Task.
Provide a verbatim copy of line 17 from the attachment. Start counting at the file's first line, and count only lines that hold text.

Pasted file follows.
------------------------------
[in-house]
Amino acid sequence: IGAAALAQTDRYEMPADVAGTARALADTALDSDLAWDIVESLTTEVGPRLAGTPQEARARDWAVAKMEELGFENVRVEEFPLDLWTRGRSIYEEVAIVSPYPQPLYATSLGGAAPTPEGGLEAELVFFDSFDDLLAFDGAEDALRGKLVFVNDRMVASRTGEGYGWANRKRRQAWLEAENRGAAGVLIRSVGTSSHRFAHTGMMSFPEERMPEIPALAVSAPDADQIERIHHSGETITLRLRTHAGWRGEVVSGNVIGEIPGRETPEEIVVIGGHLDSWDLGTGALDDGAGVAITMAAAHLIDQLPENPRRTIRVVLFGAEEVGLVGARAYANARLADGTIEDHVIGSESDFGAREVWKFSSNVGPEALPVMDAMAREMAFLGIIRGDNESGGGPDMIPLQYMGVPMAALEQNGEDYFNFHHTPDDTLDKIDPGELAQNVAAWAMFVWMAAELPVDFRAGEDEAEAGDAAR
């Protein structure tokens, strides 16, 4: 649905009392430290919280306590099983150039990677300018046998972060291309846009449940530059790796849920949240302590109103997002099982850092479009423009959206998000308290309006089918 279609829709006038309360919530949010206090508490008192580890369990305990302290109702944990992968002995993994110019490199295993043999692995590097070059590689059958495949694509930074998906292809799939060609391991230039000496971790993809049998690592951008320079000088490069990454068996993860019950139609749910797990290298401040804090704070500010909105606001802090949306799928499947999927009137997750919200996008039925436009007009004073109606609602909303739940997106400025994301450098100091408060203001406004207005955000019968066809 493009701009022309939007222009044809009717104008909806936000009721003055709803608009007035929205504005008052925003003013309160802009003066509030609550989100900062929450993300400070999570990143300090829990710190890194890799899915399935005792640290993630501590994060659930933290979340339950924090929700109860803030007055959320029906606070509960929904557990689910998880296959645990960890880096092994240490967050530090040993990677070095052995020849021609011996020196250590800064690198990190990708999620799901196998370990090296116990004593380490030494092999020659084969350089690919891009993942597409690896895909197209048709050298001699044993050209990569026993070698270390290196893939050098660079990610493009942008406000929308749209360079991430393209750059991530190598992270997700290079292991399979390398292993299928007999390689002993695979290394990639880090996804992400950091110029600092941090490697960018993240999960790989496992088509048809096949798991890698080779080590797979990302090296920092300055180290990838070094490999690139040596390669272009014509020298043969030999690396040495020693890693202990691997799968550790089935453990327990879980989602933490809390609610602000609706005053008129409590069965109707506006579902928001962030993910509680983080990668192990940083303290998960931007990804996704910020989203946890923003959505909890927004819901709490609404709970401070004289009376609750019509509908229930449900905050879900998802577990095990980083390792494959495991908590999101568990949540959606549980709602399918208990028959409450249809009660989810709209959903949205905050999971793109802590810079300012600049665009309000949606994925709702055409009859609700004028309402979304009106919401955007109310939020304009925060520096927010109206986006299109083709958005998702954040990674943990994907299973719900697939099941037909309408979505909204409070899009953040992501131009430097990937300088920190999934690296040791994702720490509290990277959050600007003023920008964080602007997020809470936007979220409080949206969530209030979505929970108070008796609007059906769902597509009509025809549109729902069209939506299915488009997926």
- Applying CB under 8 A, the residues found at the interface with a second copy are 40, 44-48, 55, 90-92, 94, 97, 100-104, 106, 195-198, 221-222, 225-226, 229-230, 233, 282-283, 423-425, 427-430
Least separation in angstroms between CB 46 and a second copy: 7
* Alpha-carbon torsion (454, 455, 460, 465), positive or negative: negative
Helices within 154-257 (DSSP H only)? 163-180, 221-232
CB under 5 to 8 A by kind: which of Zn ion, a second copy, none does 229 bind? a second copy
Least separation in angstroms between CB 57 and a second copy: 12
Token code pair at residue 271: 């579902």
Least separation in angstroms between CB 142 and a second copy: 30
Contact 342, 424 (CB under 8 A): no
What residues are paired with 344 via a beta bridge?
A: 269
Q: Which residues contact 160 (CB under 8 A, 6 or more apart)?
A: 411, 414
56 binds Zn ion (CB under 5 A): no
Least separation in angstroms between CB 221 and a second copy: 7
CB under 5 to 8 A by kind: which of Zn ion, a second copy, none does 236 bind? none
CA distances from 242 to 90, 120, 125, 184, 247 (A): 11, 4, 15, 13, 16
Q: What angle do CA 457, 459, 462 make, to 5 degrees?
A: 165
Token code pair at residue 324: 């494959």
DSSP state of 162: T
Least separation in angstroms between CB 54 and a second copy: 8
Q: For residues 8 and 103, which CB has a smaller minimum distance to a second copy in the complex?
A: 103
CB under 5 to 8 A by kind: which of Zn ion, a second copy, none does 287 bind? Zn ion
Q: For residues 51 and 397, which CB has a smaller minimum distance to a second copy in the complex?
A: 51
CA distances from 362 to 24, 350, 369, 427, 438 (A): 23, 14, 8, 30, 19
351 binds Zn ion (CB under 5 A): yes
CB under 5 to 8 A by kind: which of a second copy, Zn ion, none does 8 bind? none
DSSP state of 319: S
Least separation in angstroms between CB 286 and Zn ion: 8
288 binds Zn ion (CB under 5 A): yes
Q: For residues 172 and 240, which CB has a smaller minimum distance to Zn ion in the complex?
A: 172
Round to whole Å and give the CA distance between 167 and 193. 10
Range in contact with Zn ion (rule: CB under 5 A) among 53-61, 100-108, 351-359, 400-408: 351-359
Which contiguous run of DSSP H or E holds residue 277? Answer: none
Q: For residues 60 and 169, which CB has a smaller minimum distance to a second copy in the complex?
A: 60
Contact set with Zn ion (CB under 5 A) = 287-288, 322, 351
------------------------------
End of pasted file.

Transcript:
56 binds Zn ion (CB under 5 A): no